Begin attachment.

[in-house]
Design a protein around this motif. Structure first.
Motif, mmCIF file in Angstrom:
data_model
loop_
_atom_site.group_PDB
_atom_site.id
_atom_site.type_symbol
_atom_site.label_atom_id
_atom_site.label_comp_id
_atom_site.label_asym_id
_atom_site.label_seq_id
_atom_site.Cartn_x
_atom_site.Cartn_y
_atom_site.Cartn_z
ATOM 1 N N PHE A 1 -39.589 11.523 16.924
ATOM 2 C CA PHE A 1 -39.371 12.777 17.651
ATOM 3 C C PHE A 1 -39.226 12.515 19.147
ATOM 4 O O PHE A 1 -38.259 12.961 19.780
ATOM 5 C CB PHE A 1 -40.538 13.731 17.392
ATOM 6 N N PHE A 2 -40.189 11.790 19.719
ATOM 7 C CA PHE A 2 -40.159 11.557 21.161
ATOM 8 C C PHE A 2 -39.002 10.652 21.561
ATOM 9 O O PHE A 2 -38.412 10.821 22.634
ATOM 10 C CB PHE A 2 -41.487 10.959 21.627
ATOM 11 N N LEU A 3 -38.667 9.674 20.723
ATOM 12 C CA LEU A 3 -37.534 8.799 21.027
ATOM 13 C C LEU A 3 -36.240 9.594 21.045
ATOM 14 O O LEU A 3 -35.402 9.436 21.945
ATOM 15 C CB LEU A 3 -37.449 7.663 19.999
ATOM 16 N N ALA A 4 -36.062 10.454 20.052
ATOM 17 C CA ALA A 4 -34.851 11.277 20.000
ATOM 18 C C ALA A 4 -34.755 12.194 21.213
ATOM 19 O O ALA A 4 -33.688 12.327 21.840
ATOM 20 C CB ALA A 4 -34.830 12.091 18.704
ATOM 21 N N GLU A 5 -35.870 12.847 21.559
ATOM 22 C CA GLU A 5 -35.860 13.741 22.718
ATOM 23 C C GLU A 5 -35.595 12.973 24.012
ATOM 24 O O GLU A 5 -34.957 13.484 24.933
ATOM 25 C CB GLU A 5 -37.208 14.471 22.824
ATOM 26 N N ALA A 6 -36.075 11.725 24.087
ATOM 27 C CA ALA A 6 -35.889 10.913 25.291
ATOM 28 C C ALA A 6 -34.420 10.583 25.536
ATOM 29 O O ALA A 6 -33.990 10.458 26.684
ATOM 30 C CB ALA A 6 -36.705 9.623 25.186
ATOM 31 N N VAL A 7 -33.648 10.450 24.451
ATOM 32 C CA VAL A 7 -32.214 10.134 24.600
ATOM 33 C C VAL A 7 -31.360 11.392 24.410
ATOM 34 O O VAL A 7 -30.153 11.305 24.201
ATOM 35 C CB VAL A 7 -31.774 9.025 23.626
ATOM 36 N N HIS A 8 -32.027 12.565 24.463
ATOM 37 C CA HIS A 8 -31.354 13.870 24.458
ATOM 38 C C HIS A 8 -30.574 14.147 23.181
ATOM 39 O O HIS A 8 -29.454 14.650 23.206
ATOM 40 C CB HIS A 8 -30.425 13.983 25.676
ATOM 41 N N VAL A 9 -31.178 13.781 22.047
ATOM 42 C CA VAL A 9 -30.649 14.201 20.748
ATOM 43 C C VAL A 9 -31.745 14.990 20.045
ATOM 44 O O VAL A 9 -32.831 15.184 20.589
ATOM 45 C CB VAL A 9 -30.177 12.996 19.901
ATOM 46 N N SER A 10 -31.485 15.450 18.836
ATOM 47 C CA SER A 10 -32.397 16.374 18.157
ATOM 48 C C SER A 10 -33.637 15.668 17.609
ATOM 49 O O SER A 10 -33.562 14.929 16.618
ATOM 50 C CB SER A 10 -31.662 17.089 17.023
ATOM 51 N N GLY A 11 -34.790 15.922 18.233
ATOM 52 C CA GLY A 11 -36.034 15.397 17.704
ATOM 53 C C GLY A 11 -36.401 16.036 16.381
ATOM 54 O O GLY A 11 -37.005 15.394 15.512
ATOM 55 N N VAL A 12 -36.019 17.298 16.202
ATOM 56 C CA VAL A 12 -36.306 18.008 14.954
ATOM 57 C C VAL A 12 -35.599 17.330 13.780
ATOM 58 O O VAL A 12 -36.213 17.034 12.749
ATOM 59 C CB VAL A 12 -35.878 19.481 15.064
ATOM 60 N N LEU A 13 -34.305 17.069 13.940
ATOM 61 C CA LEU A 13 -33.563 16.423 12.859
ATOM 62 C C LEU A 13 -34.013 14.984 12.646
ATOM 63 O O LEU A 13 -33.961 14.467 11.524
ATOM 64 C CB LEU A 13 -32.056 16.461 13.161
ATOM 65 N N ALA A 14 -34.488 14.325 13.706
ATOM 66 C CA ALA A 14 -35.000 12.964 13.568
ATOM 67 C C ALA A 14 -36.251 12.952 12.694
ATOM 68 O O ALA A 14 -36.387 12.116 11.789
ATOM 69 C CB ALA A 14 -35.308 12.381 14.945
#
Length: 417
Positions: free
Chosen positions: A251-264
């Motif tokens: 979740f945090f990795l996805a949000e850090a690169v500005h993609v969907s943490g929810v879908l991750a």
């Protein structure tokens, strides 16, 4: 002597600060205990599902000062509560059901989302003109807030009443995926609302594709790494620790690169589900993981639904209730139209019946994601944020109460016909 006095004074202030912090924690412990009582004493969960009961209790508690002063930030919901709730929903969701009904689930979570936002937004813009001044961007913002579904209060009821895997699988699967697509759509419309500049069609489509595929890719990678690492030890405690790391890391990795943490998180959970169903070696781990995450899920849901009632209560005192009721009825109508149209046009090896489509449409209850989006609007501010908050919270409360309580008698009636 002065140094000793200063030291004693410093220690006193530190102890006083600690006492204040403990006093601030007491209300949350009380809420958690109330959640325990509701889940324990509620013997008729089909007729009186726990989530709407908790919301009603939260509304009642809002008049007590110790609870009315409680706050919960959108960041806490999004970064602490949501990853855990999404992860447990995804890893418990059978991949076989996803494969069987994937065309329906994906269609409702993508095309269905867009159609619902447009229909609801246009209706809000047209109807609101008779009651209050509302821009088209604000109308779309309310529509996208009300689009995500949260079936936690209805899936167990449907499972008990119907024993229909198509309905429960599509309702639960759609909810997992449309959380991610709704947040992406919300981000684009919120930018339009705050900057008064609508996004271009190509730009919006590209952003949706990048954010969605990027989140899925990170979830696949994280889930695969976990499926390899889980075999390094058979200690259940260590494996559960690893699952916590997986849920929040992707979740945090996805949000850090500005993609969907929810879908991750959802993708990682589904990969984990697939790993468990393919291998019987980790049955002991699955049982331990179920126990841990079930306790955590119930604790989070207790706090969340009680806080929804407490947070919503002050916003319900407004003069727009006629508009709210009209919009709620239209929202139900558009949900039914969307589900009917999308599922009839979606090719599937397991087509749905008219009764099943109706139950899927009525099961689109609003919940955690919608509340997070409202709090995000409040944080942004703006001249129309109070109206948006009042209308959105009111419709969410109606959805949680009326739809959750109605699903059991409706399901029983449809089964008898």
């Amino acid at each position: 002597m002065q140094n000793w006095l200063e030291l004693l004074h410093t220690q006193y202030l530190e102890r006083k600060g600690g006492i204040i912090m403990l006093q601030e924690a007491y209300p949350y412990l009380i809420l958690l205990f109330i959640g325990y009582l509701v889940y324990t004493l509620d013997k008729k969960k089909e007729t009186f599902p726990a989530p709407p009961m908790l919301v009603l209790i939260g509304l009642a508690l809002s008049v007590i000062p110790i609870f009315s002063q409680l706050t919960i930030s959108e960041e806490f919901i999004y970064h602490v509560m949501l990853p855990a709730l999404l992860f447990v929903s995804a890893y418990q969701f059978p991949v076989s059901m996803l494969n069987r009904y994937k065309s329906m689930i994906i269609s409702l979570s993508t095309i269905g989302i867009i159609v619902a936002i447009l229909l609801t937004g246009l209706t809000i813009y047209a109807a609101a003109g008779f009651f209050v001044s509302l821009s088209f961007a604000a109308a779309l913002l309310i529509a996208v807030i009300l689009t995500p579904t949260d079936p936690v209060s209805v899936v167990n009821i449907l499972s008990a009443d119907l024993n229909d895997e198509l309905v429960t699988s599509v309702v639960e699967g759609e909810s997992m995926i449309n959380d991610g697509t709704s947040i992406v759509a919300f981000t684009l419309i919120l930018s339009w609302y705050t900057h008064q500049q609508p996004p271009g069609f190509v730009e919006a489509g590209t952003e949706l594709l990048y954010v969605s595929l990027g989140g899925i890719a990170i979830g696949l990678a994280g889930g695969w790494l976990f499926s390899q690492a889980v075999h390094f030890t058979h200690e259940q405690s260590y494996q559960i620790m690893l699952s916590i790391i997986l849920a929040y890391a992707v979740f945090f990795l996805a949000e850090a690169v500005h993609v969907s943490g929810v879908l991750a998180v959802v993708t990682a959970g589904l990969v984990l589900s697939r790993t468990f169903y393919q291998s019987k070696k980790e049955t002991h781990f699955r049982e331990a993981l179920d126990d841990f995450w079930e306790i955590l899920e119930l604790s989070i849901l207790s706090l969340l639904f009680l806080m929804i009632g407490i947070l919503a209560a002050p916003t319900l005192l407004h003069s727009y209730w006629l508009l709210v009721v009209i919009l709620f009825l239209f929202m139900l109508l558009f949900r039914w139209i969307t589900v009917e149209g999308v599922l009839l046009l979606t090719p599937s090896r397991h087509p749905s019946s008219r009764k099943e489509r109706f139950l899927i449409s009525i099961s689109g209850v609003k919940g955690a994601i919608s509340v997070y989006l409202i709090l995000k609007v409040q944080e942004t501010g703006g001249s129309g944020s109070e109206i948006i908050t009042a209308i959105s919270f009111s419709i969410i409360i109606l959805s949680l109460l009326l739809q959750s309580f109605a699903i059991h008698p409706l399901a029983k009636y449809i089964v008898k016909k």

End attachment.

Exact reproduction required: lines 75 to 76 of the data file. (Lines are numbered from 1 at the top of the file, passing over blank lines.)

ATOM 60 N N LEU A 13 -34.305 17.069 13.940
ATOM 61 C CA LEU A 13 -33.563 16.423 12.859